Let’s get a campus pet

The need for a morale-building canine has never been more real.


Evanthia Stirou

This artwork by Evanthia Stirou depicts a potential campus pet!

Joseph Salu, Staff Writer

School is stressful, but it can be especially stressful during a worldwide pandemic. Although it can’t be done this year, I think there’s an easy solution to lower this pressure on students in the future: A campus pet, a dog specifically.

There are many arguments to be made for why a dog belongs on the Saint Stephen’s campus. First, the obvious: You’d be hard pressed to find a person on-campus who doesn’t like dogs, especially a student. If you need evidence of this, then look to the past experiences that Saint Stephen’s has had with dogs on campus.

Two years ago, the Upper School was visited by the Southeastern Guide Dogs to help relieve stress on students during an exam week. The dogs lined up in the halls for students to pet and interact with. Students made appointments to visit the pooches in between exams.

This event was a huge hit, begging the question of why the concept can’t be replicated permanently with a campus pet.

There are other reasons a dog would be beneficial to Saint Stephen’s campus life, too.

For example, research listed by different organizations such as Charlotte’s Litter and PAWS for People strongly supports the idea that guide or therapy dogs have health benefits, such as lowering anxiety and blood pressure, increasing confidence and social skills, and drastically increasing positive moods.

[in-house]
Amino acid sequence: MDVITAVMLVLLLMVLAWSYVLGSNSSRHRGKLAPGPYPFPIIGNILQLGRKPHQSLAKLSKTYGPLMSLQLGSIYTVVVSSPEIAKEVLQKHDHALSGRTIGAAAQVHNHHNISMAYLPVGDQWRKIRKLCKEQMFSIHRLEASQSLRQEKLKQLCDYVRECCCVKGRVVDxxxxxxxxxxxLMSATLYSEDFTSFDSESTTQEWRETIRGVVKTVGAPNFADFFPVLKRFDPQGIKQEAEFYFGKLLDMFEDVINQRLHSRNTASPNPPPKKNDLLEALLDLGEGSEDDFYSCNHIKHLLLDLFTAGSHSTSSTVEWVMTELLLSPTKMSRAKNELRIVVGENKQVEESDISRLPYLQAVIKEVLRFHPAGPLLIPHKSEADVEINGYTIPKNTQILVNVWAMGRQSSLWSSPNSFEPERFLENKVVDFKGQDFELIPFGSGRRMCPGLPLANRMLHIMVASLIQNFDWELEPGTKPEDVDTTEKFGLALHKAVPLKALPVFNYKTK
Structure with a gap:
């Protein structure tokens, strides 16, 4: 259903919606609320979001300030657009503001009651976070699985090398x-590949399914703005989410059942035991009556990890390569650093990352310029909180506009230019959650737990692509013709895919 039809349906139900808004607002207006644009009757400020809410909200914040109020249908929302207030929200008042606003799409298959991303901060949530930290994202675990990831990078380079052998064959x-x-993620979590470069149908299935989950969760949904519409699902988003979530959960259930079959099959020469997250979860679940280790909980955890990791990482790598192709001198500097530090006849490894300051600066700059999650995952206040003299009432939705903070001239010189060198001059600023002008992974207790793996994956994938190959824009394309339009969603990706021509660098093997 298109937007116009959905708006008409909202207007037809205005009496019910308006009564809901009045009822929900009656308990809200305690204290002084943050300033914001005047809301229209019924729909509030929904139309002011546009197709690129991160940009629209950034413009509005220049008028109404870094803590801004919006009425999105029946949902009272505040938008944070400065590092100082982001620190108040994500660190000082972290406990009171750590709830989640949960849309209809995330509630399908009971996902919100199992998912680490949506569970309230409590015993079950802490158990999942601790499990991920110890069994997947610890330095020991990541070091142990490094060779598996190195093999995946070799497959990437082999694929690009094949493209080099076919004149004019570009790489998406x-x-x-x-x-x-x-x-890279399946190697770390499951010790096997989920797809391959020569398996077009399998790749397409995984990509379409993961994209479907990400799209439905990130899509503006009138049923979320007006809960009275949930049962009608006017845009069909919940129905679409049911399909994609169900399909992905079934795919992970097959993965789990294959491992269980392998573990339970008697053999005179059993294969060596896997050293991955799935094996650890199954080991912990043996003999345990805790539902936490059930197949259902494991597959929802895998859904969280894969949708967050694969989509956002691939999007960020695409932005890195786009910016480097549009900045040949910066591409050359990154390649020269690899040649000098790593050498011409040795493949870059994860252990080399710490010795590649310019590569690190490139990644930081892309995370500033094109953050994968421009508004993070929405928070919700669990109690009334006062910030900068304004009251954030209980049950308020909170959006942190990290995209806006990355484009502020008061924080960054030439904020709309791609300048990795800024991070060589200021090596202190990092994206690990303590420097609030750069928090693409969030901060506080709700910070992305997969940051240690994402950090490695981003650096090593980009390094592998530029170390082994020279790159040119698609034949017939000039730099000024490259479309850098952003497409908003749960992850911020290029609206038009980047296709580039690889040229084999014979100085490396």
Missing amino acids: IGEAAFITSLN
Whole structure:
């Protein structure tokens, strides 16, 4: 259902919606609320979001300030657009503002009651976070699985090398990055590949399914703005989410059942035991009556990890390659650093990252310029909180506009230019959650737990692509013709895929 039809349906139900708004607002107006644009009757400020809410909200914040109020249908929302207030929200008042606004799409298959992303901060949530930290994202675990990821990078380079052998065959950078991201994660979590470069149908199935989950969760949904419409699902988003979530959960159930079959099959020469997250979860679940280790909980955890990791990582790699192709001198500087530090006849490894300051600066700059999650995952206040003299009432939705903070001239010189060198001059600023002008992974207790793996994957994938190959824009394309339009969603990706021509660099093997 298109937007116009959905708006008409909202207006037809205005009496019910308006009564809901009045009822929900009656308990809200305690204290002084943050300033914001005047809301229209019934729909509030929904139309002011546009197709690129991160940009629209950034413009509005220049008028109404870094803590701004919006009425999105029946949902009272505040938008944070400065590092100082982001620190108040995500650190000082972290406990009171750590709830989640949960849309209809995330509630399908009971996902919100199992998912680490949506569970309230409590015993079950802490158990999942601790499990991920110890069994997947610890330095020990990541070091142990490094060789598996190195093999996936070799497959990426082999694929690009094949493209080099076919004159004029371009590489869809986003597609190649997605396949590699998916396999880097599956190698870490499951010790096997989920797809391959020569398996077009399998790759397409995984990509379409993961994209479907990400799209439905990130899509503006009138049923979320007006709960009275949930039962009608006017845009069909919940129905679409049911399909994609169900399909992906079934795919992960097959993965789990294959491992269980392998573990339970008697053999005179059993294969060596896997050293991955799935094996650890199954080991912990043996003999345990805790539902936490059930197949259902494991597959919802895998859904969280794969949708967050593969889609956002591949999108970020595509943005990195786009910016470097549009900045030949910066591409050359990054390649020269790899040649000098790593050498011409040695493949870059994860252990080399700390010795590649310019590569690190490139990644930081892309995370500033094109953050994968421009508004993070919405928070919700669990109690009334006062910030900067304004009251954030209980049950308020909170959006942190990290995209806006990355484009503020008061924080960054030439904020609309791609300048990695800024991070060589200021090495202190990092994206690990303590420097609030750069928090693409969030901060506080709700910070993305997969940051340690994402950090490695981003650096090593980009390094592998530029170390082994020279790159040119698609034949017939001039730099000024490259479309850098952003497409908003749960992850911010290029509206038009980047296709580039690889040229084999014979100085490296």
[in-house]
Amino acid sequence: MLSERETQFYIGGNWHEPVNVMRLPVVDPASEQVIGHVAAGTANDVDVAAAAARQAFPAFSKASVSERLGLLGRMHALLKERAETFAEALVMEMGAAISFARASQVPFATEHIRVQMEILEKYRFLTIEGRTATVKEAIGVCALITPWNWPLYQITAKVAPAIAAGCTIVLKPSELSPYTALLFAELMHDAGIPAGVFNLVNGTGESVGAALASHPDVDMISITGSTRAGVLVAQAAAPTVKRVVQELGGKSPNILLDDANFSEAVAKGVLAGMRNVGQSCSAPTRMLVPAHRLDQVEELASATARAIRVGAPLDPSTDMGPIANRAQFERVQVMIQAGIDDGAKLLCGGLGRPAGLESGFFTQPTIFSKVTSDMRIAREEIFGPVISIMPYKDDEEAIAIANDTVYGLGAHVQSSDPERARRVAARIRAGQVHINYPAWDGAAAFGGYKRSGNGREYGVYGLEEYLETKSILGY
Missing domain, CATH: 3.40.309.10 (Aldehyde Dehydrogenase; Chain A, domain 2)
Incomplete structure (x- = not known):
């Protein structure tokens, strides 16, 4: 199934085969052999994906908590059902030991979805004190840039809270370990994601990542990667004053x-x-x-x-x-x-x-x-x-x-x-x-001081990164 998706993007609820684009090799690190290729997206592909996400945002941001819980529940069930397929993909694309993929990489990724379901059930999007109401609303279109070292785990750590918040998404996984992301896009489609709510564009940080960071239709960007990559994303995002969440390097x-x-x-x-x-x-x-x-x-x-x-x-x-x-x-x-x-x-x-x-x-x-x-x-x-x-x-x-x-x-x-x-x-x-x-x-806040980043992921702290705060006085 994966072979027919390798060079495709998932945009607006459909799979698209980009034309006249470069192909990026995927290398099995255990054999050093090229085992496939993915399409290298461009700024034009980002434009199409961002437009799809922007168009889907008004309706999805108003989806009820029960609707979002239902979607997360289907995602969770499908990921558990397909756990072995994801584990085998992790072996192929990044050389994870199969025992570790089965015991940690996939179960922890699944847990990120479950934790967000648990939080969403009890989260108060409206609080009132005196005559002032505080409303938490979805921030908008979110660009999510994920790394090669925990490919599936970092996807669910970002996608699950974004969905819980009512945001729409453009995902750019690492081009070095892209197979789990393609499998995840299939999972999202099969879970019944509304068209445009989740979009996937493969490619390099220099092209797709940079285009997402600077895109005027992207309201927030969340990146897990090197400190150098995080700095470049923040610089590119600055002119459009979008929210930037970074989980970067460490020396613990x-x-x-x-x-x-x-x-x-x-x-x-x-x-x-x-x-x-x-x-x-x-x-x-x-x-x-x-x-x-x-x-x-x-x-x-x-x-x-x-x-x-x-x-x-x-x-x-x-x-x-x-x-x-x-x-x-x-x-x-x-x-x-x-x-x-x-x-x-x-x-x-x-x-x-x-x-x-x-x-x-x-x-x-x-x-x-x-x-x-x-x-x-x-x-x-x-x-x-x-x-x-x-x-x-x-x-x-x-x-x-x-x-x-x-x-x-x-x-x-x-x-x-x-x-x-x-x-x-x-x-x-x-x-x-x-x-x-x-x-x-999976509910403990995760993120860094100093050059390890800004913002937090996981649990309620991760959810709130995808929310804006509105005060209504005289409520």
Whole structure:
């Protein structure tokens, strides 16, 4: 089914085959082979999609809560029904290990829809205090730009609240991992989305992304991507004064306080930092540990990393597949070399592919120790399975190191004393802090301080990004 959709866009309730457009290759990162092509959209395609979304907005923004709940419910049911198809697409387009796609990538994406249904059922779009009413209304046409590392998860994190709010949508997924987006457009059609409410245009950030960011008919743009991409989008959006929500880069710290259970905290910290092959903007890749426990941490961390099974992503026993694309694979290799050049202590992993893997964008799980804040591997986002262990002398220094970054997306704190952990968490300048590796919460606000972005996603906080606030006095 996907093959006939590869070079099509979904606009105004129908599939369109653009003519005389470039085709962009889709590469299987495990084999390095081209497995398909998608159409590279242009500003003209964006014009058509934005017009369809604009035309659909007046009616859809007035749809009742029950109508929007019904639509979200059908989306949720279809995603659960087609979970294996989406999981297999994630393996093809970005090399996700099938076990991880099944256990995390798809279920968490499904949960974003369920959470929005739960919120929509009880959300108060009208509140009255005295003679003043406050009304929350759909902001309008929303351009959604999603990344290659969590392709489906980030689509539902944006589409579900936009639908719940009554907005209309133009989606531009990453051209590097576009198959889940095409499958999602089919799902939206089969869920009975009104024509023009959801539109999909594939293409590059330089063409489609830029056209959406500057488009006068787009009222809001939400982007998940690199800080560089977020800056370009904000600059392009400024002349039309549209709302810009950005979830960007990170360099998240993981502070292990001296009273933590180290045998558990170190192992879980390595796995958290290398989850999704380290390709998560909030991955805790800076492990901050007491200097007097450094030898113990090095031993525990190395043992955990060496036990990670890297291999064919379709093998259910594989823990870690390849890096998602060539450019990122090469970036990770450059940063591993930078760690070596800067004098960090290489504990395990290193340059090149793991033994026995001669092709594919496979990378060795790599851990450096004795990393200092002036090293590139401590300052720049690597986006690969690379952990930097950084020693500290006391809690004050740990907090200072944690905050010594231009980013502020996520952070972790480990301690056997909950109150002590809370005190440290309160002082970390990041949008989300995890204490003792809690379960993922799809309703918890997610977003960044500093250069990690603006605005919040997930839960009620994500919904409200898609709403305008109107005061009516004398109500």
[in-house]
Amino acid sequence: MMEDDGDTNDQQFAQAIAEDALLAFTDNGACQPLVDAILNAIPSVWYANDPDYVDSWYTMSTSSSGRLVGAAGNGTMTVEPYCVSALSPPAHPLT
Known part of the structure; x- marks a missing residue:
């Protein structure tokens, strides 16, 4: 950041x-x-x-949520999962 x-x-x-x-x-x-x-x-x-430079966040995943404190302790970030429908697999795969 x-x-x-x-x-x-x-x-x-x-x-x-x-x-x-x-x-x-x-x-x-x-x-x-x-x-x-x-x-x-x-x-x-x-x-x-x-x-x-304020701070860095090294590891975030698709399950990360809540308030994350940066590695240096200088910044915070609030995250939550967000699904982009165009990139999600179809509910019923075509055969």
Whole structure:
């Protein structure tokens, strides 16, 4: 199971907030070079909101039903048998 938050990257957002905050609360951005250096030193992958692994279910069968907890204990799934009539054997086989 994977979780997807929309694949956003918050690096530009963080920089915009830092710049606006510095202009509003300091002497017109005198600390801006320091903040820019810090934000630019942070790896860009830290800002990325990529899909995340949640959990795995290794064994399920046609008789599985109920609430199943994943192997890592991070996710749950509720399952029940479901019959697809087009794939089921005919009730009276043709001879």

The mere presence of a dog could help students who are dealing with issues such as anxiety or negativity brought on by their school or home situations.

For an example of a school that has had a successful experience with a campus pet, take a look at Franklin High School in Portland. There, they have a full-time therapy dog named Archie, who is trained to interact with people and is valued by both students and teachers. “It is a respite for some of our students to just be in Archie’s presence,” said the school’s principal Chris Frazier.

It’s worth noting there are some obvious arguments against getting a campus dog, which are likely the reasons why Saint Stephen’s hasn’t attempted to do so in the past. One is that a dog would be a huge responsibility for the school, as it would need to be taken care of on and off-campus.

There are a few potential solutions to this problem, such as rotating responsibilities to faculty members, or assigning the caretaking to students who want to volunteer to help feed, walk, or house the dog. The latter would be an effective way to help students prepare for future responsibilities in their careers.

The possibility of a student with allergies might also deter the school, but this can be fixed if the students are willing to sign forms that show they’re okay with the dog being on-campus. If some students aren’t, then the dog can be confined to spaces where the allergic students don’t have to interact with it.

To conclude, there’s no reason why Saint Stephen’s can’t attempt to have a campus dog. The dog would be beneficial to the students for multiple reasons and any problems that come from it are solvable ones.

Since Saint Stephen’s has always put effort into making sure it can be as much of a non-stressful environment as possible for its students, getting a campus dog could be a valuable way to improve the community.